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Death of Putin critic Nikolay Glushkov probed as police treat case as murder

Police launched a murder probe after a post-mortem investigation revealed he died from “compression to the neck”.

Counter-terror officials continue to investigate the alleged murder of a prominent Kremlin critic found dead at his London home a week after the poisoning of a former Russian spy and his daughter.

Russian exile Nikolay Glushkov died from “compression to the neck”, a special post-mortem investigation found.

The 68-year-old was discovered dead at his home in Clarence Avenue, New Malden, south-west London, on Monday.

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Nikolay Glushkov (Metropolitan Police/PA)

Police initially treated the death as unexplained, but launched a murder probe after the results of the post-mortem investigation, which began on Thursday.

It comes amid heightened tensions between Russia and the UK following the attempted poisoning of Sergei Skripal and his daughter Yulia in Salisbury on March 4.

The pair remain in hospital after being exposed to the nerve agent Novichok.

The Metropolitan Police said it was not linking the two incidents, saying there was no evidence Mr Glushkov was poisoned, and reassured neighbours there were “no wider public health concerns” in relation to the investigation.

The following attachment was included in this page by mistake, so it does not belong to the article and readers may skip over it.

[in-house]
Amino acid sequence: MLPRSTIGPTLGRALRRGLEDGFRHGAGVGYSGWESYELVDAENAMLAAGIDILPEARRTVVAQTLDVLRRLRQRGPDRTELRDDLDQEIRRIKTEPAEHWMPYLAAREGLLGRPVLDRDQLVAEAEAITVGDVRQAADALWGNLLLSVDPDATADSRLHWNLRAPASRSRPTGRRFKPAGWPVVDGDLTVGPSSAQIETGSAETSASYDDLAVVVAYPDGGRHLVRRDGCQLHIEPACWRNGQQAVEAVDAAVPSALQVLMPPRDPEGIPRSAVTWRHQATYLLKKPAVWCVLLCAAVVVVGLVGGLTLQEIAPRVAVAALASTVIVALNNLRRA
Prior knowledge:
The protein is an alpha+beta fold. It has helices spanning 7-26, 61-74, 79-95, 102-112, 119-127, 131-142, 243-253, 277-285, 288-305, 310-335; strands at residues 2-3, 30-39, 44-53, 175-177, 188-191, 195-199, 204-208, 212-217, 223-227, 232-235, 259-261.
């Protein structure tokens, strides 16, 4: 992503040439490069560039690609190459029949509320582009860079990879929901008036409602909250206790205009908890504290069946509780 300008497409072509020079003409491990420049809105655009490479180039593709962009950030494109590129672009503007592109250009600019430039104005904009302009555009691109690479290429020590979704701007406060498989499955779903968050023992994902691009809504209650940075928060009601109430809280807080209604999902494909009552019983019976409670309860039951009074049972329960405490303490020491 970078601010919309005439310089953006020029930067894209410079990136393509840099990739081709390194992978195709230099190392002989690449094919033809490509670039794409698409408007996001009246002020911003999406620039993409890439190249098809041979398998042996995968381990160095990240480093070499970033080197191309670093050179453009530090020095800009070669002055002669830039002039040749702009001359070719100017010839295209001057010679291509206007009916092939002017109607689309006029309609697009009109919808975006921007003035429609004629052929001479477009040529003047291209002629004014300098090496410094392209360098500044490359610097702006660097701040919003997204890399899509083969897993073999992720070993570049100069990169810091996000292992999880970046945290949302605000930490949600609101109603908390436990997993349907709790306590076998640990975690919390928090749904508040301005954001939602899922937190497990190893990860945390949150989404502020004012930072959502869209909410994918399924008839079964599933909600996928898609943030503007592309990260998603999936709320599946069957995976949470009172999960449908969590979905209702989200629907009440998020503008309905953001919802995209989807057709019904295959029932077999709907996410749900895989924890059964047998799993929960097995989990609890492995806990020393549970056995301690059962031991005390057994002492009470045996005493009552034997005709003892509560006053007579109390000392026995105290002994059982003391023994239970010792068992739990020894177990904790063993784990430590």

The Met’s counter-terrorism command will continue to head up the probe “because of the associations Mr Glushkov is believed to have had”, it said.

Neighbours spoke of their shock following the news his death was being treated as murder.

Kate Fitzsimmons, who lives opposite Mr Glushkov, said she had never spoken with him but he would wave at her from across the road.

Asked if he seemed friendly, the 87-year-old said: “I thought so. I thought he was just an ordinary friendly Englishman really. I didn’t know he was Russian.”

She said it was “very sad” that a murder investigation had been launched, adding: “Well there’s nothing one can do about it is there, really?”

Ms Fitzsimmons said it was a “great big shock” when she returned to her home early on Tuesday morning to all the police activity.

She said: “I’m a nurse, I don’t get shocked easily, but it did sort of shock me, and I was at a meeting at the church until half past ten two nights ago and they walked me home, which was kind of them.”

On Friday three police officers stood in front of blue and purple tents erected on the front drive of Mr Glushkov’s home.

The property remains sealed off behind a police cordoned, as do several adjoining homes on either side.

Hours before the Met announced the murder probe, the Investigative Committee of Russia said it had opened criminal cases over the attempted murder of Yulia Skripal and the murder of Mr Glushkov.

The committee said it would investigate in “accordance with the requirements of Russian law and international law”.

Mr Glushkov was a retired financial director who had lived at his address for two years, Scotland Yard said on Friday.

Neighbour Patricia Egan described him as a “lovely fellow” who was intelligent, very well-mannered, very generous and friendly.

He was outspoken after the death of his close friend Boris Berezovsky – another enemy of Russian President Vladimir Putin.

Mr Berezovsky was a friend of murdered spy Alexander Litvinenko and a thorn in the side of the Russian regime.

He was found hanged in the bathroom of his Berkshire home in 2013. An inquest recorded an open verdict.

Mr Glushkov told the Guardian in 2013 he would “never believe” he took his own life.

Police and MI5 are to look into allegations that a string of deaths on UK soil may be linked to Russia, including the Berezovsky case.

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